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By Erin Tapp
Museum of Aviation, Collections Manager

Among the Museum’s textile collection of historical uniforms spanning the 20th and 21st century, are two complete “outfits” that are not military in nature. Tattered and stained, they show their wear, not from age, but from the series of events that transpired after two Americans used them to dress as a means to survive.

During a reconnaissance mission that resulted in an aerial fight on May 13th, 1944, Lt. James Dealy’s P-40 Warhawk was shot down in the Lepini Mountains, 50 miles from Rome. He avoided capture by the German forces first through the help an Italian child, Enrico Onorati, who was just 8 year old at the time. Onorati hid the pilot and his deployed parachute in a nearby haystack until another Italian family, the De Angelis, outfitted him in civilian clothes to help disguise his appearance. Lt. Dealy was one of five brothers serving in the Italian theater at the time (all returned to the U.S. unscathed after the war, though two were captured and taken into German POW camps for a period of time). It was his pilot brother, Robert, who eventually found where he was being hidden and helped return him to their fighter group base on May 24th. A resident of Alabama before his passing, Lt. Dealy donated these clothes to the Museum in 2005.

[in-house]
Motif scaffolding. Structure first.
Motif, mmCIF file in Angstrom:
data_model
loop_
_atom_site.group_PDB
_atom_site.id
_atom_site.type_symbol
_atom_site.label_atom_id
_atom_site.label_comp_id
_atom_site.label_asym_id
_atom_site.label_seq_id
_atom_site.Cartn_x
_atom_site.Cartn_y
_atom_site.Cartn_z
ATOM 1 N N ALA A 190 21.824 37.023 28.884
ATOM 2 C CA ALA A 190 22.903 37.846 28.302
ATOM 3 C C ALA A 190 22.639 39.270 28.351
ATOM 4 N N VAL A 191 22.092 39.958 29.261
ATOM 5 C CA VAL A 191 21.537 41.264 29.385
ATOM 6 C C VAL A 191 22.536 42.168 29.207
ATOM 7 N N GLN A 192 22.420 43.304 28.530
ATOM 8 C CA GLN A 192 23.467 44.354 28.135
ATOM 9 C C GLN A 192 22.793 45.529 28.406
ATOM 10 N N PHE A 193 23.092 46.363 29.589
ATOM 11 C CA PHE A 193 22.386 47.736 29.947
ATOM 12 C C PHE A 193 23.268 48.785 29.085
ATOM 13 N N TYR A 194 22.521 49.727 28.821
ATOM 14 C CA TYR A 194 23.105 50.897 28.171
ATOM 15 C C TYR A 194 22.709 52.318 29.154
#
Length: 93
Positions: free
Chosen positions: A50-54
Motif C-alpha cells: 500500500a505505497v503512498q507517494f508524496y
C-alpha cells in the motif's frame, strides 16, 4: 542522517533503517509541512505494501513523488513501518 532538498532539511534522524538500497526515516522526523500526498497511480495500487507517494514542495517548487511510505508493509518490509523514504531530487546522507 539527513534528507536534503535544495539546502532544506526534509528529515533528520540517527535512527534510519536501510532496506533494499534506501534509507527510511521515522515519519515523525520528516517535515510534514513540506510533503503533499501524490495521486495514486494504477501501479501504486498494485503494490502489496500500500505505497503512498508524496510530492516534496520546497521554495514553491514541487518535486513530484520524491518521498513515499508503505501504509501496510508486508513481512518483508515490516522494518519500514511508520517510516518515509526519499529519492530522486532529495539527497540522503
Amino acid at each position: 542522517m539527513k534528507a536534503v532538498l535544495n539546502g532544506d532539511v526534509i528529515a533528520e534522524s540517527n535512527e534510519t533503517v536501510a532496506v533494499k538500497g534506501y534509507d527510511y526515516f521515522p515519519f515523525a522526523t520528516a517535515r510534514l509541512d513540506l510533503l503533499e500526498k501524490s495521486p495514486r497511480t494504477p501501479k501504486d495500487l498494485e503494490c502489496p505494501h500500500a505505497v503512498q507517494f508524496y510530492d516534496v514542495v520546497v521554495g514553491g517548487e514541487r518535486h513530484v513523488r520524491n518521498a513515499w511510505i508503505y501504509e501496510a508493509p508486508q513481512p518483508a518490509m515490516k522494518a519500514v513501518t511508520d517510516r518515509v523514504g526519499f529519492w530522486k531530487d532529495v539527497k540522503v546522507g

5 years later in 2010, the Museum received another donation from an individual with a similar but equally unique story of evasion. While flying a night mission over Sicily on July 16th, 1943, Airman Arthur Rohr was forced to exit his B-25 in an unconventional manner: having witnessed the cowling peel from the engine and flames begin to engulf the airframe, Rohr knew he needed to escape. The exit panel in the floor near his position at the top gun turret was stuck and so he jumped on it with both feet. This loosened the panel allowing him to fall through the open hatch but he was soon knocked unconscious. He awoke the next morning behind German lines and spent the next 15 days evading capture by trading his military uniform for Italian civilian clothes.


Airman Arthur Rohr – wearing Italian civilian clothes, 1943
Photos: Museum of Aviation Textile Collection

The Museum’s collection indeed serves to preserve historical examples of artifacts from our USAF’s past, but these items especially, as well as many others, help us continue to tell the deeply personal stories of heroism and sacrifice that characterize our country’s patriotic spirit.

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